Aunt’s disappearance in the first part of the novel and its recurrence in the third part also plays an enormous role in David’s personality shaping. Hence, this life span is marked by the cognition of the outside world and the severity of life. However, this process of growing up leads to isolation of David from the society thus realizing the painfulness of loneliness. However, during this period can be implicitly regarded as beneficial, as experiencing the challenges and sufferings of being helpless, Copperfield the Younger understands that this is exactly the life he does not want to lead. Despite that the fact that David is afraid of gradual realization of the surrounding world, he still has to encounter these fears in order to feel his commitment and responsibility for his life. Hence, when he gets older, he discovers the veritable characters of others, like his friend Steerforth; he reveals falseness of feelings to her bride Dora and realizes that Agnes is the only love in his life.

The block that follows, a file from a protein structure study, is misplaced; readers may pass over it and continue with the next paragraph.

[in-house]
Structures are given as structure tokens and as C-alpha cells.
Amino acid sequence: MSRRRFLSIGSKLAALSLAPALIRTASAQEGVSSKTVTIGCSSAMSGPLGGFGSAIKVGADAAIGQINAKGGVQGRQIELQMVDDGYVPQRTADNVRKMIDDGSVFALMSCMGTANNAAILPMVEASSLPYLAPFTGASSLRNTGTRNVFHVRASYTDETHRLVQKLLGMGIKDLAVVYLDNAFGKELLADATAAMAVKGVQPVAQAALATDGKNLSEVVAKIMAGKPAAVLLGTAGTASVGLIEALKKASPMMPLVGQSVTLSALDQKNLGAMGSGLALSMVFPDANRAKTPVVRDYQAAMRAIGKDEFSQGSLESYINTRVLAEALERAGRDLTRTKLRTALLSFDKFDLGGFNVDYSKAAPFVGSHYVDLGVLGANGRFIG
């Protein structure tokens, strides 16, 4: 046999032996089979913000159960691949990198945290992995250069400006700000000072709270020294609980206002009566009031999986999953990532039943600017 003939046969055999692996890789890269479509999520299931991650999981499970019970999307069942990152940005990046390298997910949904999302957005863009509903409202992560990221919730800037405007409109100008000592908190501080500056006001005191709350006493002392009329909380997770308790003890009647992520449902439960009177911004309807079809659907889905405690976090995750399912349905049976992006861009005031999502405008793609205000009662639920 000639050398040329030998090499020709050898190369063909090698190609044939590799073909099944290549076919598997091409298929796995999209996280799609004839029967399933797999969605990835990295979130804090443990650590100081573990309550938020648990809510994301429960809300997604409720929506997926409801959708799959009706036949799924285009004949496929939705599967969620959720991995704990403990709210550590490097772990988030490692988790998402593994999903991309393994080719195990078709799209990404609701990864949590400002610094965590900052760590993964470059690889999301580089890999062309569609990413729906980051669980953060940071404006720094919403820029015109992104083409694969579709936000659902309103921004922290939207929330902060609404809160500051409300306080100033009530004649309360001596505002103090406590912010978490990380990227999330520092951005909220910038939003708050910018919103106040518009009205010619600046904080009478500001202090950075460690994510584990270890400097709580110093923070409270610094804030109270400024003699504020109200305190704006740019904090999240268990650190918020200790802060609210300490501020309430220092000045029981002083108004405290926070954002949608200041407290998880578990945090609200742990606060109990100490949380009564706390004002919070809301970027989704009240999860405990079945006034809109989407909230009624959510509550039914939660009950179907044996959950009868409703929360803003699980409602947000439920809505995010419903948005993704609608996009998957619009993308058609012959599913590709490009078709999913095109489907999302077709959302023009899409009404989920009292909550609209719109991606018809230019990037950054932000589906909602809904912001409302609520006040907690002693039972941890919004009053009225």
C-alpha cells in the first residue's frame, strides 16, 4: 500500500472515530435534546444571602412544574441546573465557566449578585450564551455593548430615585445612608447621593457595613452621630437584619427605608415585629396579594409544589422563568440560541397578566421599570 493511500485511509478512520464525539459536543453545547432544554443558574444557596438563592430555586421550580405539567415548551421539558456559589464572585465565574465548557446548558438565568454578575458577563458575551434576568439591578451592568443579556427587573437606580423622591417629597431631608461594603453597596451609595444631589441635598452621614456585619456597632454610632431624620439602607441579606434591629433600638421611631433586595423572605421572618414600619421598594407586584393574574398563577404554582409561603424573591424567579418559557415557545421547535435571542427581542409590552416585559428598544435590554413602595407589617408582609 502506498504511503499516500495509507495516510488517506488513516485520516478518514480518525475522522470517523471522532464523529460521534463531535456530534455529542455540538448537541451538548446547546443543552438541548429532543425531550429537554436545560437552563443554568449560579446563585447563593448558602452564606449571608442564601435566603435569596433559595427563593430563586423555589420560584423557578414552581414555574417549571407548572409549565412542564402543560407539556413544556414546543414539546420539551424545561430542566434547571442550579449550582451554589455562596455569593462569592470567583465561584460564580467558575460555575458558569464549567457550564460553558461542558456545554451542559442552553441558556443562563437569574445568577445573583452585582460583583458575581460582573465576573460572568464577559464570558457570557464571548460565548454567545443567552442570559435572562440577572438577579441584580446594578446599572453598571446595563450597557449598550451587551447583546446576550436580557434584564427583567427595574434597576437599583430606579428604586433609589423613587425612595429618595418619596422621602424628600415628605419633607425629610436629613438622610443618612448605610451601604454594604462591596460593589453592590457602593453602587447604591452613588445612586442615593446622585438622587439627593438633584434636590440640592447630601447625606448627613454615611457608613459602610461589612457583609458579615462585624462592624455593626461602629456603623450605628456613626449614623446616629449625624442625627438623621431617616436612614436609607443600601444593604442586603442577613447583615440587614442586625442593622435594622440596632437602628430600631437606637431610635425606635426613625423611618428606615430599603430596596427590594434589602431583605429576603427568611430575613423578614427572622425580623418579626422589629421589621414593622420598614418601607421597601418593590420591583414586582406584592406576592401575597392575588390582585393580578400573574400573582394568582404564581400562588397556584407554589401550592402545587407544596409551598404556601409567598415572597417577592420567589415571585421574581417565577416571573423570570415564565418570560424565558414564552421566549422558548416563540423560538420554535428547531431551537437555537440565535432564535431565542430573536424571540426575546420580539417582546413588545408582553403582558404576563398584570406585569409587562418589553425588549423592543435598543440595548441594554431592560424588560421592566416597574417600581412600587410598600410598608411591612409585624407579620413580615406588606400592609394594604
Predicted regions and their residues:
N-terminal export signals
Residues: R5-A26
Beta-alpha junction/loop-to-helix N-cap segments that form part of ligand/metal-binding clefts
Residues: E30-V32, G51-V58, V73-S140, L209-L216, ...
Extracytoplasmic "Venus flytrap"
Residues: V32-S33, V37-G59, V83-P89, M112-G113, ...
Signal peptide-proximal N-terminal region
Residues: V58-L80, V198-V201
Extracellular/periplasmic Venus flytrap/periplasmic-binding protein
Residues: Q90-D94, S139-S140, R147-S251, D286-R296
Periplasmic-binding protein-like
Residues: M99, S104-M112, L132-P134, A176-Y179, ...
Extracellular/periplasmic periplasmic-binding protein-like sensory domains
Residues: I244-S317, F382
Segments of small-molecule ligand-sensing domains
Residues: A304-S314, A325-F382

The comprehension and cognition would be impossible without intrusion of the strong-willed Betsey Trotwood who manages to give many wise lessons for David. The acceptance of aunt’s philosophy equals his acceptance of reality where aunt Betsey is a kind of grandmother for a child losing hope and finding the essence of life. With the help of aunt Betsey’s authority and experience, David manages to abandon the sufferings of the past thus entering the world that was prepared for him beforehand.